Every morning when my husband and I drop off my daughter at school we say, “make good decisions.” It’s one part of our morning ritual—a reminder not just to her, but to myself, to think through how our choices impact the world around us. Our fates are twined together, and I hope that as she troops toward the playground she keeps that in mind. I’m being more mindful too, lately, of how I impact the world around me and how seemingly random decisions impact my world.
At 18, I was diagnosed with Generalized Anxiety Disorder (GAD). Undiagnosed for years, I consistently felt like I was floundering—self-medicating, struggling with day-to-day tasks, truly in a spiral. As a teenager, it was hard, especially when the panic attacks were at their peak. And as an adult navigating medication management and my long-term livelihood, it remains hard.
Harder still is the day-to-day impact GAD has on my mind and body. Beyond fairly consistent anxiety and worry—fatigue, backaches and muscle pains are recurring. So nearly 10 years ago, when my body began aching, doctors pointed to my GAD and I listened. Post-childbirth, my symptoms increased: frequent fluid build-up, swollen joints, chronic pain. This couldn’t be my GAD, could it? Years of exams, tests and appointments created a swarm of doctors naming GAD; until one day, a doctor’s choice to send out for one more lab resulted in a rheumatoid arthritis (RA) diagnosis.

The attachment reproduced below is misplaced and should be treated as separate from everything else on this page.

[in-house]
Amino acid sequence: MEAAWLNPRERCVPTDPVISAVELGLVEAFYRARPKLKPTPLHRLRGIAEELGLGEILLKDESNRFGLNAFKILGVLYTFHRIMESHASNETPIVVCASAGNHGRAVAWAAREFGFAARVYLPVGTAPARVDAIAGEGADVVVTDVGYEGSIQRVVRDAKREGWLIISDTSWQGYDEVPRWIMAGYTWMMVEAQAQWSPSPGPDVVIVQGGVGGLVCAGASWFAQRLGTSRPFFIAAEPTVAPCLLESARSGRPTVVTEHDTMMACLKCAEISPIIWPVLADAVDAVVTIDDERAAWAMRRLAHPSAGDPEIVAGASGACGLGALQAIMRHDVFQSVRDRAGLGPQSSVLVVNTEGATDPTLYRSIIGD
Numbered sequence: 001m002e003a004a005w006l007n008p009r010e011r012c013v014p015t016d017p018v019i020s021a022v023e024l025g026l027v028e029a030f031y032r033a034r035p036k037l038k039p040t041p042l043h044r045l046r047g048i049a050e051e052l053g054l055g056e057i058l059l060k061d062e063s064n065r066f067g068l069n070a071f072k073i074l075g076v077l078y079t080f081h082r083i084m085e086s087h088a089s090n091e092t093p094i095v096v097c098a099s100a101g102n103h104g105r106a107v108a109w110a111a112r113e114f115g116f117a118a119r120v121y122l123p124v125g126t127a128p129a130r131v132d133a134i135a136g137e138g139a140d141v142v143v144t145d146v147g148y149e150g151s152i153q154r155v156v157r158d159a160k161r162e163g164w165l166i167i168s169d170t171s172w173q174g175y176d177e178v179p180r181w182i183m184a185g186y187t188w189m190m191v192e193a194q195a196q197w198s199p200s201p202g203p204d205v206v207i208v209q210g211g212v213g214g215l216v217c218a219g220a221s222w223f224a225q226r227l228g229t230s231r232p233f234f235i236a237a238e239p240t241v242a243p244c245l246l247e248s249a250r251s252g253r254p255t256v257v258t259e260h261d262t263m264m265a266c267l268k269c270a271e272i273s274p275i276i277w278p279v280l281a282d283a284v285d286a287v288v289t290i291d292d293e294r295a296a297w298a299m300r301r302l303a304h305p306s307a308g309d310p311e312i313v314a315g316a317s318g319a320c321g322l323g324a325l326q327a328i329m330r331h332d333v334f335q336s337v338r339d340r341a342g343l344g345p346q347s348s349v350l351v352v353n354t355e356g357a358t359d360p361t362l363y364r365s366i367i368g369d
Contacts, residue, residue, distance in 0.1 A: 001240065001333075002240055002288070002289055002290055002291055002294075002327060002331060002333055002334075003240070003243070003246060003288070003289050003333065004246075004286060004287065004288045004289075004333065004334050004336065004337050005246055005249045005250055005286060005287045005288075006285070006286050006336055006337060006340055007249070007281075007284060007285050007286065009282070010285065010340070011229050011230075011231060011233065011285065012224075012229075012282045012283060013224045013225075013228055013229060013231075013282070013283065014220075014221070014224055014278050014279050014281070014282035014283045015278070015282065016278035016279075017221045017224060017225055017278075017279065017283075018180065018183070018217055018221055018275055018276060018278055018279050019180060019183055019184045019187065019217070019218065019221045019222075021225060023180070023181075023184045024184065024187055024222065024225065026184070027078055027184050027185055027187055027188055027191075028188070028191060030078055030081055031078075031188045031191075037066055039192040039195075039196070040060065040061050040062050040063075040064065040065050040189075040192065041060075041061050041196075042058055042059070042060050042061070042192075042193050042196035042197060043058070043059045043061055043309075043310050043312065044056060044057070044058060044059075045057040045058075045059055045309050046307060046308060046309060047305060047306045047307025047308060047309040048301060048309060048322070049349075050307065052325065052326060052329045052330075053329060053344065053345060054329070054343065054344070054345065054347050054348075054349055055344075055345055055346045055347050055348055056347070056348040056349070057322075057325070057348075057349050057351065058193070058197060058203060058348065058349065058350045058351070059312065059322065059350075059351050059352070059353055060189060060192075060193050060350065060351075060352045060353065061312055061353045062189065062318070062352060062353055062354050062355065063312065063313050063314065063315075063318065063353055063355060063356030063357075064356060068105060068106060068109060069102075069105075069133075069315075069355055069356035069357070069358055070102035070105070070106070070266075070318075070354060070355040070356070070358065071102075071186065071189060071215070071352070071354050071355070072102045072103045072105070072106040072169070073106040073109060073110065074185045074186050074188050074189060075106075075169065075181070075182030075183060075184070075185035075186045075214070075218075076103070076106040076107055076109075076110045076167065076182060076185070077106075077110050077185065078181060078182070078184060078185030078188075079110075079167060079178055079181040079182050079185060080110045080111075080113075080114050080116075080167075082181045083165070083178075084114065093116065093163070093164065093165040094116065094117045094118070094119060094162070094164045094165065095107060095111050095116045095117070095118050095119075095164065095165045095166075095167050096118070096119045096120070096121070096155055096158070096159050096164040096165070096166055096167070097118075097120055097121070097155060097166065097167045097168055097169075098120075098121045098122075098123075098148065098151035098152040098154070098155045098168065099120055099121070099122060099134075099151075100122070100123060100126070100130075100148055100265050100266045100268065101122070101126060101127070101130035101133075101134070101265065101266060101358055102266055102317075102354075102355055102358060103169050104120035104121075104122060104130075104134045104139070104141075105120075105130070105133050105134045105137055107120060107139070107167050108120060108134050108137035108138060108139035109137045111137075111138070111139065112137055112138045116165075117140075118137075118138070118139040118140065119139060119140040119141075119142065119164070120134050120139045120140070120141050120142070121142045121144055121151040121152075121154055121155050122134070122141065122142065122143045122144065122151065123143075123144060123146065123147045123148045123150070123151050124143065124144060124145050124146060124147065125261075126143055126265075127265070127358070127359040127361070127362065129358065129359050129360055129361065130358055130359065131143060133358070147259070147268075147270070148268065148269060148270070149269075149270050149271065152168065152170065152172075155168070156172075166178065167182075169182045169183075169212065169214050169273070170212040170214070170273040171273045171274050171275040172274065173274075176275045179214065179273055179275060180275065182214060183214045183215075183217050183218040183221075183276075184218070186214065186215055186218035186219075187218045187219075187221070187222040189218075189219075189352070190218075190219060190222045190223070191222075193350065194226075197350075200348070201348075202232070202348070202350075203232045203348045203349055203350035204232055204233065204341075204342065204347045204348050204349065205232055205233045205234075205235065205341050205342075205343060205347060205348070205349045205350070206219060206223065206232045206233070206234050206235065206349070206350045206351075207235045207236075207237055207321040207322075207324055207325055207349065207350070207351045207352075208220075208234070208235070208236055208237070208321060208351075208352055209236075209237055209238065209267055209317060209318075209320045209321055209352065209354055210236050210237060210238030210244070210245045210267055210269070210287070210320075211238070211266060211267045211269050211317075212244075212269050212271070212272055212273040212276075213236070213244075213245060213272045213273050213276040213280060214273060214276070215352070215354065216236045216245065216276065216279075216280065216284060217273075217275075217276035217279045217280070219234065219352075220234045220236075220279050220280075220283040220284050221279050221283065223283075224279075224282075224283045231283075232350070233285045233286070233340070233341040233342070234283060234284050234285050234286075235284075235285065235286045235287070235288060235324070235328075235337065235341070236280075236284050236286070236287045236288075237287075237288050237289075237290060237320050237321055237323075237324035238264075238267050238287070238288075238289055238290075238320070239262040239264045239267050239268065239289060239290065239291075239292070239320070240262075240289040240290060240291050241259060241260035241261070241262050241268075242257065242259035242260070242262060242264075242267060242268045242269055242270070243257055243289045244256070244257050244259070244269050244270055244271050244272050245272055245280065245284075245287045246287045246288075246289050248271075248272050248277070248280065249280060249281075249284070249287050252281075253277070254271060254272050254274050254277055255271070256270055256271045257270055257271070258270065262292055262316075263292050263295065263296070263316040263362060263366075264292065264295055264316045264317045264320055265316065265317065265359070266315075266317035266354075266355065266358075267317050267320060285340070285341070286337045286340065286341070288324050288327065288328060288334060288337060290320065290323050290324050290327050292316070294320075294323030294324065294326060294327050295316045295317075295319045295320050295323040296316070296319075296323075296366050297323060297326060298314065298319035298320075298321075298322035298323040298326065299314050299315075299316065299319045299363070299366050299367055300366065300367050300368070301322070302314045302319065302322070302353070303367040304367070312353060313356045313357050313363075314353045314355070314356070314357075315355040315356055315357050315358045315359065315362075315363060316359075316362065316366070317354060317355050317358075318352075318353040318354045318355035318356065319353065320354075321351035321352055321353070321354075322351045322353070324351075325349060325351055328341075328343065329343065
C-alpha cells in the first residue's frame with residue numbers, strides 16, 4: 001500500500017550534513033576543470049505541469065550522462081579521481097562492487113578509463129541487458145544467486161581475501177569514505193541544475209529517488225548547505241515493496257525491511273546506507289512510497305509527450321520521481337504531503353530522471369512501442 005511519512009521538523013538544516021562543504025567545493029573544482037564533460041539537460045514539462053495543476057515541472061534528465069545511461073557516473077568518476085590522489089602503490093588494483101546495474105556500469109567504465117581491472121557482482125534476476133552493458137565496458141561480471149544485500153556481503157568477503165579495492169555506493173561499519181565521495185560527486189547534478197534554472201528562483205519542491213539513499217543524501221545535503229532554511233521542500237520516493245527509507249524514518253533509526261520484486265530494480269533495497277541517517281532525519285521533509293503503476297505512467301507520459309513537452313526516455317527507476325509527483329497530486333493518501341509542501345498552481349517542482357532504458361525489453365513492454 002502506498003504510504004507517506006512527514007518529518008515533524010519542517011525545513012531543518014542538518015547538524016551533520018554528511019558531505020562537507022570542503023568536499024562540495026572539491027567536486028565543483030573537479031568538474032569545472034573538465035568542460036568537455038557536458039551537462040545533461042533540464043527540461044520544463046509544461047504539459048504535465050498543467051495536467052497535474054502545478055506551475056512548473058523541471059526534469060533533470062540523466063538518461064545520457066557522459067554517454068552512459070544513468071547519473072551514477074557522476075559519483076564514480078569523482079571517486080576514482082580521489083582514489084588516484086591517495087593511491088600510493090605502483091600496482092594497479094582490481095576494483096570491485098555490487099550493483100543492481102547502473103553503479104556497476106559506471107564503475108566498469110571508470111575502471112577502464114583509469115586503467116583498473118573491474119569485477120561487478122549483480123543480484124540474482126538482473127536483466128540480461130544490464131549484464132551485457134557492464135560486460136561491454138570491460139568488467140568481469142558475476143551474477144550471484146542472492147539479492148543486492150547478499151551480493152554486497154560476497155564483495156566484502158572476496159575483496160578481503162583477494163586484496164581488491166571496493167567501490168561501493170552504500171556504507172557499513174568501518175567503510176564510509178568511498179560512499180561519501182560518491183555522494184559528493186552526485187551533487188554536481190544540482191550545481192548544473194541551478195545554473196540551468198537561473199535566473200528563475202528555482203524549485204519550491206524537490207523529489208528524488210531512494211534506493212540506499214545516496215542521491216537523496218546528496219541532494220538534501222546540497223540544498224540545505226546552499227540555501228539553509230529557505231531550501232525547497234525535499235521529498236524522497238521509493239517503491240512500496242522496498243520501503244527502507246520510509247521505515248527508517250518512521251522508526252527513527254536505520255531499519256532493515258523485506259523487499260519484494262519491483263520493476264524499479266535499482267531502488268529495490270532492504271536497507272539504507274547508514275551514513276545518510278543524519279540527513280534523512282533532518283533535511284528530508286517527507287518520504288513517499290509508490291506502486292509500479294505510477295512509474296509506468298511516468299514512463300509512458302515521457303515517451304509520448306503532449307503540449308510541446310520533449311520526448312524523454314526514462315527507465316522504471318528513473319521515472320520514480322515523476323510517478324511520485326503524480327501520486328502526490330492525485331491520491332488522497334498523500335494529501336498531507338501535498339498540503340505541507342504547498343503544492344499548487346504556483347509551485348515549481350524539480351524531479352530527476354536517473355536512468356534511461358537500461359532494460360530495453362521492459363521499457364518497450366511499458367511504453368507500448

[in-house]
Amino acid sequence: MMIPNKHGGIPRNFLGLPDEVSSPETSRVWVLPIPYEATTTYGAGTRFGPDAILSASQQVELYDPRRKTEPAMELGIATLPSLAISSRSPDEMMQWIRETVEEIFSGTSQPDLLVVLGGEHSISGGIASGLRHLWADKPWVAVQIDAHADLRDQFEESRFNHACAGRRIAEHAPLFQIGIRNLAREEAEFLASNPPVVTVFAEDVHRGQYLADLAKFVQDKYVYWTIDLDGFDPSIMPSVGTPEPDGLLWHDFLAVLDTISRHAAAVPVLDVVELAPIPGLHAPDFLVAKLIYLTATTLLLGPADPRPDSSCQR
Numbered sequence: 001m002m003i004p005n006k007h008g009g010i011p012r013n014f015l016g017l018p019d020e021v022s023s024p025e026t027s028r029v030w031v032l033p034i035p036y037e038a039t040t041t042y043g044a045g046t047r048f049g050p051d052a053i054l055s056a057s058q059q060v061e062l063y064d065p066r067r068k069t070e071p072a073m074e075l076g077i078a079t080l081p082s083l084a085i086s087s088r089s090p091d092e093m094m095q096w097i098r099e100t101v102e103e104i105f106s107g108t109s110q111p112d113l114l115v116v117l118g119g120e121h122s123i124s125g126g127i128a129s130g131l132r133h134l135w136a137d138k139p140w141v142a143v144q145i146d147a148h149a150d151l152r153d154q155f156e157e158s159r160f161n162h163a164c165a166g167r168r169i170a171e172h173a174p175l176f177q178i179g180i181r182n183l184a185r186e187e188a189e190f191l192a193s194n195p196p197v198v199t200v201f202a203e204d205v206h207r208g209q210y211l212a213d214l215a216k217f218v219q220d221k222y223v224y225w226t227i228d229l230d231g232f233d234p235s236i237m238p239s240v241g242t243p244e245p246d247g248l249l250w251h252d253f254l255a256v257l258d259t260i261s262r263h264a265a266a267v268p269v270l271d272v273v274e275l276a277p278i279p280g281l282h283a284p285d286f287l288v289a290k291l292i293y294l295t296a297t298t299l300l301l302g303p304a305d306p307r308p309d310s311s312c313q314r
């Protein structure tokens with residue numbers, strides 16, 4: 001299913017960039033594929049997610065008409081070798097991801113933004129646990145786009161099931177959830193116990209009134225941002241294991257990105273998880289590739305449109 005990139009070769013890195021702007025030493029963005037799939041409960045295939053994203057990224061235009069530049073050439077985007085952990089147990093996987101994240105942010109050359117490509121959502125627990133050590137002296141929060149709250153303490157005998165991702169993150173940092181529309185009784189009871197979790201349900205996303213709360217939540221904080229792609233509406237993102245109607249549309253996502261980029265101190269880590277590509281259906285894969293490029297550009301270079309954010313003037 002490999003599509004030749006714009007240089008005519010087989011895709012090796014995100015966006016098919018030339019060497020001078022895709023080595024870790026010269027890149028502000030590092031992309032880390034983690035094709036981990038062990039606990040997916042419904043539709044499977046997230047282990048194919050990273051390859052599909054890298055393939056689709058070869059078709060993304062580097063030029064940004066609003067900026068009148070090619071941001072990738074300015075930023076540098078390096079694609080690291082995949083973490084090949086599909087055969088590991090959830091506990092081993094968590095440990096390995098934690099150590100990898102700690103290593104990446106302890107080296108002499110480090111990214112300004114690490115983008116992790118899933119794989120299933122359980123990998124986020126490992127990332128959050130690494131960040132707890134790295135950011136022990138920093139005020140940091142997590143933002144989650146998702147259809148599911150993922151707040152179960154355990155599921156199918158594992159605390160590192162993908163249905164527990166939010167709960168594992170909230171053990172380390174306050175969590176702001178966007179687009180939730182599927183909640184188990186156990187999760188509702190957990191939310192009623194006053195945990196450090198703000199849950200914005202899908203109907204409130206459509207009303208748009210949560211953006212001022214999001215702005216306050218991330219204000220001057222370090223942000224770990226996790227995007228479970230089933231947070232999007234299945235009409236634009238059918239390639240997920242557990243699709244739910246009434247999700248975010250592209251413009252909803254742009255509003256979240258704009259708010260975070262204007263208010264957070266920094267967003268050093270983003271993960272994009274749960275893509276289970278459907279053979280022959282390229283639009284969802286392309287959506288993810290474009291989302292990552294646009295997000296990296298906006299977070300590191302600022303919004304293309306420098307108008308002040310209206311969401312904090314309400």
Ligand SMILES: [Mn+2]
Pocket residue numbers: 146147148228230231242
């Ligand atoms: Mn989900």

Both my GAD and RA diagnoses took years. This isn’t uncommon in our healthcare system; especially when we factor in that I am a Black Latina woman. In one study, African Americans who expressed feelings of anxiety or fear were significantly less likely to receive an anxiety disorder diagnosis than those of other races who expressed the same feelings.
With RA, going undiagnosed or being misdiagnosed are fairly common. In the United States, rheumatic diseases like RA frequently go undiagnosed in Black communities, due to African Americans’ poorer access to healthcare and the racism embedded in the American healthcare system.
‘Do I quit my job? Do I move back in with them? Do I prioritize their care over mine?’